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Bari Meeting on Xylella Lays Down Joint Action Plan

The International Olive Council and the International Center for Advanced Mediterranean Agronomic Studies organized a seminar with the goal of consolidating a common action plan against Xf.

Jan. 2, 2019
By Ylenia Granitto

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The Ital­ian seat of the Inter­na­tional Cen­ter for Advanced Mediter­ranean Agro­nomic Stud­ies (CIHEAM) hosted an inter­na­tional meet­ing on Inte­grated actions against Xylella fas­tidiosa (Xf) to pro­tect olive trees and inter­na­tional trade” last month.

Bari wel­comed about one hun­dred par­tic­i­pants, among whom were rep­re­sen­ta­tives from six­teen Inter­na­tional Olive Coun­cil (IOC) mem­bers and non-mem­bers coun­tries includ­ing Alba­nia, Alge­ria, Egypt, France, Greece, Iran, Italy, Jor­dan, Lebanon, Libya, Mon­tene­gro, Morocco, Pales­tine, Por­tu­gal, Spain, Tunisia, and Turkey.
See more: Can Xylella Be Stopped?
Experts from the inter­na­tional orga­ni­za­tions FAO, IPPC (Inter­na­tional Plant Pro­tec­tion Con­ven­tion), EPPO (Euro­pean Plant Pro­tec­tion Orga­ni­za­tion), EFSA (Euro­pean Food Safety Author­ity), and researchers from CNR and uni­ver­si­ties took part in the sem­i­nar with the aim to cre­ate the basis for coor­di­nat­ing and plan­ning col­lab­o­ra­tions” against Xylella fas­tidiosa, through prac­ti­cal actions favored by the exchange of human resources” between the par­tic­i­pat­ing coun­tries.

At the start of the con­fer­ence, CIHEAM and IOC experts pointed out how crops are becom­ing increas­ingly vul­ner­a­ble to pests and dis­eases in a con­text marked by trade inten­si­fi­ca­tion, accel­er­a­tion of the mobil­ity of pop­u­la­tions and goods, and cli­mate change.

There­fore, pre­ven­tion and con­trol of plant dis­eases, epi­demi­o­log­i­cal sur­veil­lance and plant health infor­ma­tion exchanges out­side of each country’s bor­ders are becom­ing more essen­tial than ever for domes­tic pro­duc­tion, export and import.

The pre­sen­ta­tion of the cur­rent sta­tus of the bac­terium was fol­lowed by reports on the activ­i­ties of inter­na­tional orga­ni­za­tions, the results of research work car­ried out in the frame­work of the EU Hori­zon 2020, POnTE and XF-Actors, and the needs and rec­om­men­da­tions expressed by the mem­ber coun­tries. Then, a meet­ing between EPPO, FAO, CIHEAM and IOC were orga­nized in order to define a strat­egy for col­lab­o­ra­tion between these bod­ies and the iden­ti­fi­ca­tion of the role of each, includ­ing the IPPC. The group agreed to draw up a roadmap on a com­mon action plan (PAC-XF), whose first draft will be sub­mit­ted for an opin­ion by Jan­u­ary 15.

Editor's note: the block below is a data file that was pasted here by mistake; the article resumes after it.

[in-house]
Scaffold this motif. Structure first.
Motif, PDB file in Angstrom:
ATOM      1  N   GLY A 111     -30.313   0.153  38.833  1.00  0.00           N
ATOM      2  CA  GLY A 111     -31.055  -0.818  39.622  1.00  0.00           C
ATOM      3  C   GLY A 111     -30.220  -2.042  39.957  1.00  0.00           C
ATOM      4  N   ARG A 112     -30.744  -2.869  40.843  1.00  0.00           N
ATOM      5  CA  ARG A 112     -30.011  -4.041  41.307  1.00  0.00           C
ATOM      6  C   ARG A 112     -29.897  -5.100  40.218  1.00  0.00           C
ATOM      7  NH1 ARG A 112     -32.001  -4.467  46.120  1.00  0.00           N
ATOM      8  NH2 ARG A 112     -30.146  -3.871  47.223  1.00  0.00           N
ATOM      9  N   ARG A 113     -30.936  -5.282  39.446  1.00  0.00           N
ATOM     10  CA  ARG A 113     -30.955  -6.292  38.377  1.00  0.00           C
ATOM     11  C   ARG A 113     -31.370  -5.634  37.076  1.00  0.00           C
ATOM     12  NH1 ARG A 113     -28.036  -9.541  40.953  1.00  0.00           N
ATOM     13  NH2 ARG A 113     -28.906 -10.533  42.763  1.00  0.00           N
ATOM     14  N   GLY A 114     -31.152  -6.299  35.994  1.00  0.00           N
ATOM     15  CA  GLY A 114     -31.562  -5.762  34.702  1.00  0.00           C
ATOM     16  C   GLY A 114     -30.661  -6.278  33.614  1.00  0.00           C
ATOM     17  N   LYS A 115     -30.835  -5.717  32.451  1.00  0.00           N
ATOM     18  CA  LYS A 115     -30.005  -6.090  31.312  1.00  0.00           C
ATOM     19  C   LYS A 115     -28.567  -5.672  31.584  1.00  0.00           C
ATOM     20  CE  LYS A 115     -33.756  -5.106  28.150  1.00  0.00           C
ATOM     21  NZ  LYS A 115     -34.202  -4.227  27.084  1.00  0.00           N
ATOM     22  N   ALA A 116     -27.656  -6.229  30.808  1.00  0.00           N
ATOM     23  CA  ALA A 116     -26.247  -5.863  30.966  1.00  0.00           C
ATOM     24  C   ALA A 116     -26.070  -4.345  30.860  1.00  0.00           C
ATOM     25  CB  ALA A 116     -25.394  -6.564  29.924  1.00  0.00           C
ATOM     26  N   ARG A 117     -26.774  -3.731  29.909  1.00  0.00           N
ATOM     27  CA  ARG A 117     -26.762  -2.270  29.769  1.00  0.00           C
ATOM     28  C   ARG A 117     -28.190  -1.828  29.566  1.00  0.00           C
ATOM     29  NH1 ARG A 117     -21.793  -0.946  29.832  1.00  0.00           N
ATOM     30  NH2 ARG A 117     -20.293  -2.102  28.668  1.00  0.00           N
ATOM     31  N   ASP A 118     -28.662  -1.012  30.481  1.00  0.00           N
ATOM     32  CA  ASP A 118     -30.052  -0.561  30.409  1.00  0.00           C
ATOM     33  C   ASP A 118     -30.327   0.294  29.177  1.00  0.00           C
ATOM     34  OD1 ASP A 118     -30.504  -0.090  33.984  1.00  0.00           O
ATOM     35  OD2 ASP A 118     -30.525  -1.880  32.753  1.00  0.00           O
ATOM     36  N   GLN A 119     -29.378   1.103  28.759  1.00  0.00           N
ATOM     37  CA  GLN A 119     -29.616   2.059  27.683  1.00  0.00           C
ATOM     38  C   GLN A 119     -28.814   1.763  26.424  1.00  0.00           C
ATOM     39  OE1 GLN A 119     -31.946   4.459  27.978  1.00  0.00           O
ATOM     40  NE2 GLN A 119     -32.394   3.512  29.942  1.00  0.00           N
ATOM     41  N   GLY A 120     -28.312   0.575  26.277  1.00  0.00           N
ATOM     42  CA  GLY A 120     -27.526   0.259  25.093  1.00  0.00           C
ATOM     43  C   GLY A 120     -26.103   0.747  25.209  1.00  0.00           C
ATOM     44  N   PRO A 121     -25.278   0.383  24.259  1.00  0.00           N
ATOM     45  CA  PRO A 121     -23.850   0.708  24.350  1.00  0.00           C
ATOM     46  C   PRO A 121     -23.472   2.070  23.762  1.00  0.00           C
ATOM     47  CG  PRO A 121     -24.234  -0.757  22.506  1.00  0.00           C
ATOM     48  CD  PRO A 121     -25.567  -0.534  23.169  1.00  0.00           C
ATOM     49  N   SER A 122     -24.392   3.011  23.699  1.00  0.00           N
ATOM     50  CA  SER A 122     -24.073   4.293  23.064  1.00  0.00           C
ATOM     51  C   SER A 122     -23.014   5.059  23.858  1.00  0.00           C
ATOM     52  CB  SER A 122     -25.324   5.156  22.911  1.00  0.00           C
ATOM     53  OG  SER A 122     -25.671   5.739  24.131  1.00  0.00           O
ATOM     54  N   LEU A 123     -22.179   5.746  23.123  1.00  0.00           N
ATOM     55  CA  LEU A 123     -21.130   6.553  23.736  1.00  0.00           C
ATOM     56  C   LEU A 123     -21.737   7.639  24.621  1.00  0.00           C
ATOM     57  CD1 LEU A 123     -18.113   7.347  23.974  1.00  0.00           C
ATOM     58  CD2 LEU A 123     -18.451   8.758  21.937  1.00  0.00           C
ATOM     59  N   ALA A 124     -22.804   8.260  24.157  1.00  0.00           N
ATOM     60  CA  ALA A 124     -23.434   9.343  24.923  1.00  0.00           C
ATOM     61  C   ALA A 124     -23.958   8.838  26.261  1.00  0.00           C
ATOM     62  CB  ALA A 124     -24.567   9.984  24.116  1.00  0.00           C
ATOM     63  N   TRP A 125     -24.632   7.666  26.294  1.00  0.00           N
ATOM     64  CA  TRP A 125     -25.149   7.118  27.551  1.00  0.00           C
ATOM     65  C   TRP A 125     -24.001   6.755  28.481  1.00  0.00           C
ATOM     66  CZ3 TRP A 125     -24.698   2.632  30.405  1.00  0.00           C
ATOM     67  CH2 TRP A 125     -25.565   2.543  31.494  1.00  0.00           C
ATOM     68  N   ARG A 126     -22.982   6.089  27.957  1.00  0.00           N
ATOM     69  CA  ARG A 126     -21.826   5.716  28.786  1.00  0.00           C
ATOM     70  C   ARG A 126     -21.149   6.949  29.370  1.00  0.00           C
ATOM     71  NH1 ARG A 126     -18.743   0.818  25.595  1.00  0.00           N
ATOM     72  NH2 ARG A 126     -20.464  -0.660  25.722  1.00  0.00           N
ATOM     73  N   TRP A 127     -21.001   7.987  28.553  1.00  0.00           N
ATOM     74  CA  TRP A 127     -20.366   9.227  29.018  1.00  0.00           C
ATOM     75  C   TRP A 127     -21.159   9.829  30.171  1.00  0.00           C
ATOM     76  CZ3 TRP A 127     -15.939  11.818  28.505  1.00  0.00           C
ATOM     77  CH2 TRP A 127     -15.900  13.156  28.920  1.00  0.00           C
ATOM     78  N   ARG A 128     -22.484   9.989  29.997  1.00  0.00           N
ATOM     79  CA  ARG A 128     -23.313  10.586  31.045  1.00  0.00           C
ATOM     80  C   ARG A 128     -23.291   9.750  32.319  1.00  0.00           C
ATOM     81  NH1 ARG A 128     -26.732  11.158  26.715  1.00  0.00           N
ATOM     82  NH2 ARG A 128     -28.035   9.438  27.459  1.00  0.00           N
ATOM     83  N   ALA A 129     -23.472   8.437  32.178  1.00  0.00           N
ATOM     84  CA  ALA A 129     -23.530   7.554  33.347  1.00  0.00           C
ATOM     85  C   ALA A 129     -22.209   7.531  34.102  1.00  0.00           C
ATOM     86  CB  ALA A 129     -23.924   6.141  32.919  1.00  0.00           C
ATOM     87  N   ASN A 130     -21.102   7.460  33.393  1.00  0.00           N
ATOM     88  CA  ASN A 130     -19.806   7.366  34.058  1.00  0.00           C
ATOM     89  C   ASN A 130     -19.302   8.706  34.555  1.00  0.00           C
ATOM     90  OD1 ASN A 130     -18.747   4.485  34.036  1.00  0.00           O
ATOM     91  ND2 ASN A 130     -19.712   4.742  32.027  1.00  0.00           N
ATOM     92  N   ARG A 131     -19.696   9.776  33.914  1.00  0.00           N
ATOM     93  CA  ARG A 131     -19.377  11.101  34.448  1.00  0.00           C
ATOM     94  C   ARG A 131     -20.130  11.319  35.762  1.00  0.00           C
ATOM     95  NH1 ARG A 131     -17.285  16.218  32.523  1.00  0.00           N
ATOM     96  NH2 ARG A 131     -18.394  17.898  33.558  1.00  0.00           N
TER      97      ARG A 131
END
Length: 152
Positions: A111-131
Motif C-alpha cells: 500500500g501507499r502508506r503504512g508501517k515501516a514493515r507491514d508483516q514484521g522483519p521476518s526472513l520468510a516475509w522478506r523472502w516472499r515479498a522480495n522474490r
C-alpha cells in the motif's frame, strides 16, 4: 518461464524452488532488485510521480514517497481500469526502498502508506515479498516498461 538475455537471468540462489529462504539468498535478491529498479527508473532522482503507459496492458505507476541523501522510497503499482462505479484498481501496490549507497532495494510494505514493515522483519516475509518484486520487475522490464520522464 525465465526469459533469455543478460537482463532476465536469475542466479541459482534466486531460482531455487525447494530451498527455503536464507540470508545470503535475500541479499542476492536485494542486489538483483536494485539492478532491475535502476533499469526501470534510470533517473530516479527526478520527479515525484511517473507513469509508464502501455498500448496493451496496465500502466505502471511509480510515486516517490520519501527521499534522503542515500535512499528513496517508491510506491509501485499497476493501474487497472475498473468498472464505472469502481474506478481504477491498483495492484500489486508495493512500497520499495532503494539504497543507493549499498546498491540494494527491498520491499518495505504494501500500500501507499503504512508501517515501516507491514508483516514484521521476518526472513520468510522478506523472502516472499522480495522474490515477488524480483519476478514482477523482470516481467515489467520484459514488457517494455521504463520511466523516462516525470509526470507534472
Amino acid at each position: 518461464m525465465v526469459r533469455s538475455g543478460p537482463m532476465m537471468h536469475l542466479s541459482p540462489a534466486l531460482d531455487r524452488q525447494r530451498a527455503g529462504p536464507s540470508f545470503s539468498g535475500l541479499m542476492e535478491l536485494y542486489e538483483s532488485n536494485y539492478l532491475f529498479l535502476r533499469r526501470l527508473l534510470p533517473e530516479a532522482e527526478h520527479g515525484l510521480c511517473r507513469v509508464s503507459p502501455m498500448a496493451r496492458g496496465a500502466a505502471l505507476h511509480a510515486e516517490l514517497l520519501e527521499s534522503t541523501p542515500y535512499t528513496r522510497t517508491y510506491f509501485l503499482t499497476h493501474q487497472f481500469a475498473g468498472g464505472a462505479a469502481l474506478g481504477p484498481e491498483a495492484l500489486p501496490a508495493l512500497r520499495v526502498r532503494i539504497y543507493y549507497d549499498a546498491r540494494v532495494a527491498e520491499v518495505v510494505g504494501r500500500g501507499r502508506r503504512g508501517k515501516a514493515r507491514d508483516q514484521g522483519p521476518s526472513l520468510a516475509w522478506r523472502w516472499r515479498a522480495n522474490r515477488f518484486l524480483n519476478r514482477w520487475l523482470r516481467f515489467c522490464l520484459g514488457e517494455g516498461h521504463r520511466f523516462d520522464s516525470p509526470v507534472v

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Col­lab­o­ra­tion with research insti­tu­tions and the aca­d­e­mic world is essen­tial to coun­ter­act the dis­as­trous effects of Xylella fas­tidiosa,” affirmed the head of Tech­ni­cal and Envi­ron­men­tal Unit of the IOC, Abdelkrim Adi. One of our objec­tives through the orga­ni­za­tion of this event is to find the prac­ti­cal way to facil­i­tate the inter­na­tional trade of healthy olive plants, free from any pathogen includ­ing ver­ti­cil­lium and Xf.”

The exec­u­tive direc­tor of the IOC, Abdel­latif Ghedira remarked that the par­tic­i­pa­tion of many orga­ni­za­tions was the expres­sion of their com­mit­ment to find­ing solu­tions, and that their joint col­lab­o­ra­tion would surely result in fruit­ful actions in the ben­e­fit of the olive sec­tor. There is one aspect which we must not under­es­ti­mate in this action and that is the inter­na­tional coop­er­a­tion estab­lished between the var­i­ous inter­gov­ern­men­tal bod­ies: COI, FAO, CIHEAM, and the IPPC and EPPO agen­cies,” Ghedira observed, adding that we must inten­sify our efforts so that infor­ma­tion shar­ing is as rich and com­plete as pos­si­ble, in order to con­sol­i­date the cli­mate of insti­tu­tional coop­er­a­tion and make com­mon cause on this issue.”